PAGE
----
There was a lot of thought that went into how would we animate Happy. My original thought was that we would do it hand drawn, like Chuck Jones style. We explored that a little bit and went down that rabbit hole for a while, or that Roger Rabbit hole for a while. At the end of the day, it just felt to me like there aren't really artists anymore who can do that kind of thing. They just don't really exist. It's sort of like a lost art and it was going to be an uphill battle. Then it felt like, in the comic book, Nick Sax is drawn and Happy is drawn. They both seem to be rendered with the same sort of line work. Just taking straight from Darick Robertson's artwork, those two characters are rendered with the same artwork, they seem to be living in the same world. It makes more sense for Happy to be a 3D animated photoreal creature, the way that Nick is photoreal because he is real. That made the most logical sense so we pursued it that way.

Were there any versions of Happy that were cuter or less cute?

Getting to the final version of Happy is a long, laborious process with a million notes, a million references, a million "send it back, I want this little tuft of hair a little bit lighter, a little bit darker. I want the horn to look more like candy. What kind of candy? This kind of candy. Let me show you pictures of the kind of candy we want. I want the hoof to look like this and I want the coat to look shiny like a horse's coat but not too shiny." Every little detail of character design like that, which is the first time I've done something like that on that scale, every little detail of it becomes a topic. You're always trying to push it and push it to get it just, just right. Then finally you arrive at the final version. So the Happy that you see is exactly the blend of cute and ugly that we were going for.

Does Syfy give you no restrictions on violence?

Oh, they definitely give you restrictions. We were definitely invited to go for it. That was the first note they had for us: don't censor yourselves, go for it, we really want to change what we're doing. We want to do things that are more edgy, more unpredictable, less safe. So we were encouraged from the get go to really attack it on that basis. Now at the same time, you understand it's one thing to say that and it's another thing to actually see what we intend to throw out there. Of course they're going to have a reaction but I gotta say, in general they've been very supportive of us breaking rules and taking things as far as we want to take them. The goal of the show is not to out-violent every other show. There's shows that are lots more violent than this show. The goal of the show is just to be as pure a version of itself as it can be and just be something different and something singular. Sometimes that means being a little sillier than another show would be. Sometimes it means being more dramatic than another show would be. Sometimes it means being more violent, but always attacking each element of the show with a very singular point of view.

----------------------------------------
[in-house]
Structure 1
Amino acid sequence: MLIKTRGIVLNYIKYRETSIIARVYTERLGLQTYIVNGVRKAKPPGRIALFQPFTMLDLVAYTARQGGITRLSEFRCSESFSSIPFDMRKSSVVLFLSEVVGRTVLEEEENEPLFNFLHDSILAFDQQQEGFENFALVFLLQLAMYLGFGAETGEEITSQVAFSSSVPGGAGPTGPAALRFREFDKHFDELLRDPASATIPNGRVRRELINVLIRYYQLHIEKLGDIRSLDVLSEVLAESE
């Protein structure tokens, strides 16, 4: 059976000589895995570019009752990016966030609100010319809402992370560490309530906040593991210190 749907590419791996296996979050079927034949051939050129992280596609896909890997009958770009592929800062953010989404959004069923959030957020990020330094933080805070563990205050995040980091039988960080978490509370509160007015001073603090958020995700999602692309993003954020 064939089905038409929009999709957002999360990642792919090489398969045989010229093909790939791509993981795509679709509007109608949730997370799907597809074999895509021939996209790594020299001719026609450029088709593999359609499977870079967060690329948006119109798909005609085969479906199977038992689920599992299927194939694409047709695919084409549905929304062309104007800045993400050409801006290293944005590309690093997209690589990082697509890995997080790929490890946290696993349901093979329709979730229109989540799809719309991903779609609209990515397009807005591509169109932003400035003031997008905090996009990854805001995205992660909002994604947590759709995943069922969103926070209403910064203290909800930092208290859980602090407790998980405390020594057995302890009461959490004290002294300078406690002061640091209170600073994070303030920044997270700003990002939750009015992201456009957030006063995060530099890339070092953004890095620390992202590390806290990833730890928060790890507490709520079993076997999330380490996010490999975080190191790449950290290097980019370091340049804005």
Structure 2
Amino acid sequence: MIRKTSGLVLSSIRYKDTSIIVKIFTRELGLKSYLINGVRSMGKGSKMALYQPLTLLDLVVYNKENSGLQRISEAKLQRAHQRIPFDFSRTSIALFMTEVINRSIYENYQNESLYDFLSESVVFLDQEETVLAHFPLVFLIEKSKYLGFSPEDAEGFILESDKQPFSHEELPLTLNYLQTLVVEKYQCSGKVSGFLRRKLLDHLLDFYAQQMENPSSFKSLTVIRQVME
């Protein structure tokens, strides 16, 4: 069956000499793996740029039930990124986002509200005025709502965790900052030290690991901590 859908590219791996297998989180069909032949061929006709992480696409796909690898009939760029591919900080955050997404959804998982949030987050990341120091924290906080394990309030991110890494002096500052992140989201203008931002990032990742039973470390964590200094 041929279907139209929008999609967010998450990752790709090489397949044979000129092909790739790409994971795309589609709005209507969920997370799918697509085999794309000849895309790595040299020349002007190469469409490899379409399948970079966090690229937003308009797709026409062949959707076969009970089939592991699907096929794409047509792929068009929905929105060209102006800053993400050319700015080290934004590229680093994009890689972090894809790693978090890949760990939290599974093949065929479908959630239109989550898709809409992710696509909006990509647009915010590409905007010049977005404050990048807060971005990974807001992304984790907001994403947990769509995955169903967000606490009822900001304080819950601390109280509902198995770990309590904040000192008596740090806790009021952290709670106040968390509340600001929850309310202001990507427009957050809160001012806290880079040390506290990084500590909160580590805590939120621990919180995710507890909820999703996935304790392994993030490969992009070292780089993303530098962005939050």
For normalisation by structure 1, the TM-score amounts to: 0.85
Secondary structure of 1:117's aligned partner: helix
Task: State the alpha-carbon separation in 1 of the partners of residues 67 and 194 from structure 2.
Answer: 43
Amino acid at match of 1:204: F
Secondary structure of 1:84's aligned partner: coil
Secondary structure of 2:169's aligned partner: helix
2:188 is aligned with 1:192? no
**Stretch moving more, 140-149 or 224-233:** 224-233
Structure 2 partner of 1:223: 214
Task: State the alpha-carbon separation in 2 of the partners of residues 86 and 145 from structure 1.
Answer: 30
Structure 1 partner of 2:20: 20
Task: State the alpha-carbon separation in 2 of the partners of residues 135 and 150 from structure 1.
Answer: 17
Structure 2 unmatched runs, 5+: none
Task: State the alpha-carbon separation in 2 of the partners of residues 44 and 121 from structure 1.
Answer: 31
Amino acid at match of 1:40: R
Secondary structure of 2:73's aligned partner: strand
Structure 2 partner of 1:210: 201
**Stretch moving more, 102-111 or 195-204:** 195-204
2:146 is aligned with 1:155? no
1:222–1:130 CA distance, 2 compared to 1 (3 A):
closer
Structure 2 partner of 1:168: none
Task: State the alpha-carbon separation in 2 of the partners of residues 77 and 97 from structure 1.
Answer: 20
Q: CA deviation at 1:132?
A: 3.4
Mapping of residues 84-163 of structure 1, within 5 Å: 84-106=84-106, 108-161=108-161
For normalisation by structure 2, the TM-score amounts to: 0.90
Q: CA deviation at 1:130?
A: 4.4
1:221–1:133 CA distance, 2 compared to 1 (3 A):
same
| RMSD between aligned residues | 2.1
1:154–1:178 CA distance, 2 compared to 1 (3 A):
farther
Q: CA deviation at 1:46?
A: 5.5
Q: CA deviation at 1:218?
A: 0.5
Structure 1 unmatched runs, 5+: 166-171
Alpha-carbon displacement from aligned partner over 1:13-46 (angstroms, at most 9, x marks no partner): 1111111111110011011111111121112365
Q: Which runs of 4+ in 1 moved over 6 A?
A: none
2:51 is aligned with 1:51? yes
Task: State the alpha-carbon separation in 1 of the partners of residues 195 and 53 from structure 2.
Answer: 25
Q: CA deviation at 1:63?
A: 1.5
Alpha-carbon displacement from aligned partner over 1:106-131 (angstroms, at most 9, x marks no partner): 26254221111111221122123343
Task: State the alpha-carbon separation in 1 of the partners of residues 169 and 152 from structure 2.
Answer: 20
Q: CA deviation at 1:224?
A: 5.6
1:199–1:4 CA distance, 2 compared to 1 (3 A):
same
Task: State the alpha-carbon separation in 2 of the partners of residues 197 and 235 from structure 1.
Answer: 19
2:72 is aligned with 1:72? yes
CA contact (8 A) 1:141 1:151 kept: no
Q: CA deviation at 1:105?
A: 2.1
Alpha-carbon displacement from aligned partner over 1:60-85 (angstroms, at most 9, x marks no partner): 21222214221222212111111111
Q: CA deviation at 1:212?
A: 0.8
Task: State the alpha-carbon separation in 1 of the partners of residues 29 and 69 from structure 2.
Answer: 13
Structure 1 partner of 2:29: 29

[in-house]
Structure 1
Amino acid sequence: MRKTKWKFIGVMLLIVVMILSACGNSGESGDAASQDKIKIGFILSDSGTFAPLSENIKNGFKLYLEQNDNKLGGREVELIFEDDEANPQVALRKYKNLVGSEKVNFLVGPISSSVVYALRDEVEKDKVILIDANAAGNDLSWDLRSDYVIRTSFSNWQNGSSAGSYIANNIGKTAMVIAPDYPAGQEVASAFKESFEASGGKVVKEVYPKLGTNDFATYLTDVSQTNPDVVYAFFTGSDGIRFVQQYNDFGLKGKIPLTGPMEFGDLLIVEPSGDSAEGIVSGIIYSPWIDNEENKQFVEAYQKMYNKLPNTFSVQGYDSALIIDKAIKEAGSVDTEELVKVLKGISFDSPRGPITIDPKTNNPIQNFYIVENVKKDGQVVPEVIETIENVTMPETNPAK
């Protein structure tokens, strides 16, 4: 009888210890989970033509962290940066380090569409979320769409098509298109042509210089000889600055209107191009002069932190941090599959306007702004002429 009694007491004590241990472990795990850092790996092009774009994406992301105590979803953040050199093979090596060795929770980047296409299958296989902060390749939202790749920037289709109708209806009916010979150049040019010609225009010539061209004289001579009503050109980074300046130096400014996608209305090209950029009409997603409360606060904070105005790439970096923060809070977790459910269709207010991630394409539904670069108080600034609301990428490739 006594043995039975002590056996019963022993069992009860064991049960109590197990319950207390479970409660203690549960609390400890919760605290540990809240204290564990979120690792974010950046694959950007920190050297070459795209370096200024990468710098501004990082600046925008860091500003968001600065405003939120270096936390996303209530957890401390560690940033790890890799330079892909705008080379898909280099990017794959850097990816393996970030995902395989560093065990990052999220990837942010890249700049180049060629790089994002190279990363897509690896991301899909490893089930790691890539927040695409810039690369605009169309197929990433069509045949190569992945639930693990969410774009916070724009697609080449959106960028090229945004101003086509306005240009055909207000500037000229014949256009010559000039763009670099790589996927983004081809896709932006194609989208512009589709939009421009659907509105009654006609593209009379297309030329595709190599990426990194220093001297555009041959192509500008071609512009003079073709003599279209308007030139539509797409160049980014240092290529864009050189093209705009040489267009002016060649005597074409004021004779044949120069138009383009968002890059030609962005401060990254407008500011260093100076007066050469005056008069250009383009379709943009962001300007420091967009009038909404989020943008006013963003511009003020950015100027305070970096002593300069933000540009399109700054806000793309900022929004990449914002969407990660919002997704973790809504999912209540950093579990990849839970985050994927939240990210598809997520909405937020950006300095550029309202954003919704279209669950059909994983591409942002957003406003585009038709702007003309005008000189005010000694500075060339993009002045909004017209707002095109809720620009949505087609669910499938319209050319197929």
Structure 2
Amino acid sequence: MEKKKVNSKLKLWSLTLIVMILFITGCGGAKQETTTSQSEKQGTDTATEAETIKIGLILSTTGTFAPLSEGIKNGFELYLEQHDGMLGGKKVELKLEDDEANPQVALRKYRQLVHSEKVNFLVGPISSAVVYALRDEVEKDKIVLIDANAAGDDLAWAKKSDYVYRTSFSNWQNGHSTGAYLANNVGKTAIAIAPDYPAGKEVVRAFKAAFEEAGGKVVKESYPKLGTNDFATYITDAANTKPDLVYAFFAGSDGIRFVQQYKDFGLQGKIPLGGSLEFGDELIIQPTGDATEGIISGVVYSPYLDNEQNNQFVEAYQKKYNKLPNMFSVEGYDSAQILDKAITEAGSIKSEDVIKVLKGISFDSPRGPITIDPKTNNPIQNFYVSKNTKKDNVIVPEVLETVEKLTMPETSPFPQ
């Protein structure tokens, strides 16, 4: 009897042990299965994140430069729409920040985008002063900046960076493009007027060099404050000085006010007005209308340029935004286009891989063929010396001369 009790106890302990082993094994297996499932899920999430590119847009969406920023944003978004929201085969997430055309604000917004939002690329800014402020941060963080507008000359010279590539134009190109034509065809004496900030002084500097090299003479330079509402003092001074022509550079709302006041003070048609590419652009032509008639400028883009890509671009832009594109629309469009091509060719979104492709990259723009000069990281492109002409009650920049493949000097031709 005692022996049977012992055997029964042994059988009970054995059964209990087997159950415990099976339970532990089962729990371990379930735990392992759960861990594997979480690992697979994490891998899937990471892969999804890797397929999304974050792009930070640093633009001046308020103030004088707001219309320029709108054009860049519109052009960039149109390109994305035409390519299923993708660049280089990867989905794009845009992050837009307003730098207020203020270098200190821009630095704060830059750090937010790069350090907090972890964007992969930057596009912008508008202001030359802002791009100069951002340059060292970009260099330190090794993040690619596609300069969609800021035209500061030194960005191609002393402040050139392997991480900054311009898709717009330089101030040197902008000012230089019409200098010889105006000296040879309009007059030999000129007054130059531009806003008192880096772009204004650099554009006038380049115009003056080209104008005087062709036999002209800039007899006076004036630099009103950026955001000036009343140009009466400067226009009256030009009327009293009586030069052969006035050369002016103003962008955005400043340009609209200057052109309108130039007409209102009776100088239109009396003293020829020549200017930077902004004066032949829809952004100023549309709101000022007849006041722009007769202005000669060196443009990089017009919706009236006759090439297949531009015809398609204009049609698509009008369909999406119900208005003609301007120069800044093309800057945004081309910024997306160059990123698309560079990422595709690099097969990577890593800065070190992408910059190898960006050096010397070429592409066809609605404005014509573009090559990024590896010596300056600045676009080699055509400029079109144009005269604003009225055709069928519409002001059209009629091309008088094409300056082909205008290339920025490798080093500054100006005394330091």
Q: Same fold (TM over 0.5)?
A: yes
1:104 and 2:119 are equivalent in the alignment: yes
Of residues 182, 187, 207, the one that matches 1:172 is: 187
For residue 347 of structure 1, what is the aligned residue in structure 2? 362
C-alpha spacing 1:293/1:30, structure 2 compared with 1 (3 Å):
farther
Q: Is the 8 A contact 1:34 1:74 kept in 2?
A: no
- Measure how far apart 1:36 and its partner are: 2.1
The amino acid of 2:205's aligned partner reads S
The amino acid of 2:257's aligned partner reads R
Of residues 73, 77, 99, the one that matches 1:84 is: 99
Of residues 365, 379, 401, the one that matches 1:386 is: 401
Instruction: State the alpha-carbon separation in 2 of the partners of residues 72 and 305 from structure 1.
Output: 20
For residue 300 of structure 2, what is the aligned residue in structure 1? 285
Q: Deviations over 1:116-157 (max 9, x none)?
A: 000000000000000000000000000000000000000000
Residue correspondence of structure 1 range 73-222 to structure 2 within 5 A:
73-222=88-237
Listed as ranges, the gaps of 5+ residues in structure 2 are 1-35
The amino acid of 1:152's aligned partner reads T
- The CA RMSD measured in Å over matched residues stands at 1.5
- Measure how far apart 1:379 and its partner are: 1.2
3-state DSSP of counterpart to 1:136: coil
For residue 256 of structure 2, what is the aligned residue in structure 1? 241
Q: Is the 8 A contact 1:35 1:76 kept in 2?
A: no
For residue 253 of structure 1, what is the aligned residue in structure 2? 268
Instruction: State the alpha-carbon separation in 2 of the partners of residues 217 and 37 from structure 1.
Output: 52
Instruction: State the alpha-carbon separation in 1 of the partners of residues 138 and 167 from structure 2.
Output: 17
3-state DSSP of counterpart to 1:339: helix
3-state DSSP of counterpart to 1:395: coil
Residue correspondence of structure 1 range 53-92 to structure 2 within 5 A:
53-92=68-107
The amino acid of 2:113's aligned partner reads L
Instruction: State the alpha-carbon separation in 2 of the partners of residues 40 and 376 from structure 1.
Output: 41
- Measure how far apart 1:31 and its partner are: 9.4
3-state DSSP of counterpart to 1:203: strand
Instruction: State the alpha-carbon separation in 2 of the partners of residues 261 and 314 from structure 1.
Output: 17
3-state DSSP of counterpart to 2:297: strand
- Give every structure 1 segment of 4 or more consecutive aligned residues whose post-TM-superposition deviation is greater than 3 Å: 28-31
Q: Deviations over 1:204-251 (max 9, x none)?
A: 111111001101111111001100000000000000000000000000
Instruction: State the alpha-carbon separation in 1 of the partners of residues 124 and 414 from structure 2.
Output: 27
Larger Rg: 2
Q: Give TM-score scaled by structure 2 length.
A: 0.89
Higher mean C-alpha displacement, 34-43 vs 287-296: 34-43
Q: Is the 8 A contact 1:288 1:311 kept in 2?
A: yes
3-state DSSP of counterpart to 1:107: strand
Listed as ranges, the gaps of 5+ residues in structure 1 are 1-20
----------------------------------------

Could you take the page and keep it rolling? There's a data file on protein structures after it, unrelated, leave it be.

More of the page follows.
Are they going to bleep the F words on the air?

I don't think so. We bleeped them on the Jerry Springer segment because that's what Jerry would do.

But when Sax says f***.

Yeah, it's going to televise like that.

happy tv seriesDid you learn anything from your experience trying to adapt Jonah Hex that helped you adapt Happy!?

Not really. The Jonah Hex experience is like a novel in itself. A lot went into that. I know a lot of people don't really realize this, but the final version of that movie has very little to do with anything that me and Mark did. Although we're credited as the screenwriters, our original draft that got that project greenlit was massively rewritten, to the point where it's almost unrecognizable. I have a lot of fans who've actually been very supportive and said, "Man, I know the movie didn't work but I can tell from the script what you were trying to do." That almost hurts more because I just want to tell them, "No, you can't tell from the script what we were trying to do. That script was terrible but our script was really, really cool." That falls in the category of things no one will ever see, on the ash heap of cinematic history. I wouldn't say that I learned anything from that that we could take into this. Mostly in this it was the experience of being able to work with Grant Morrison from the get go. You actually have the genesis of the IP. You've got the genius behind the original idea and you're able to really just get into his head. When you can sit around and actually jam around on ideas with a guy like Grant Morrison, that's a totally different experience. We just had a lot of fun because what I found out really quickly is Grant and I are in many ways the same kind of crazy. It was just a really fun environment to be able to sit with him and spitball ideas. What if we did this? What if we did this? What if we did this? He'd come up with something I responded to and I'd come up with something he responded to. You could just tell right away this thing was going to be bananas.

What were some of Grant's ideas for expanding the comic?

You'll see as the season goes on, there's a lot of stuff. It's baroque, man. It's broke and baroque. It's complex. We needed to add more villains. We needed to add more layers. We're also thinking ahead to future seasons. If people love the show and we're so lucky as to keep going, we've got a greater, deeper mythology of the bad guys and the good guys in this show waiting in the wings that we're only teasing little bits of right now. The little intimate world of Happy and Nick Sax established in the comic book, at the end of the day could end up being pretty vast and open up a lot of opportunities for satire and also just cool story.

Satire primarily of the grizzled detective genre or other targets too?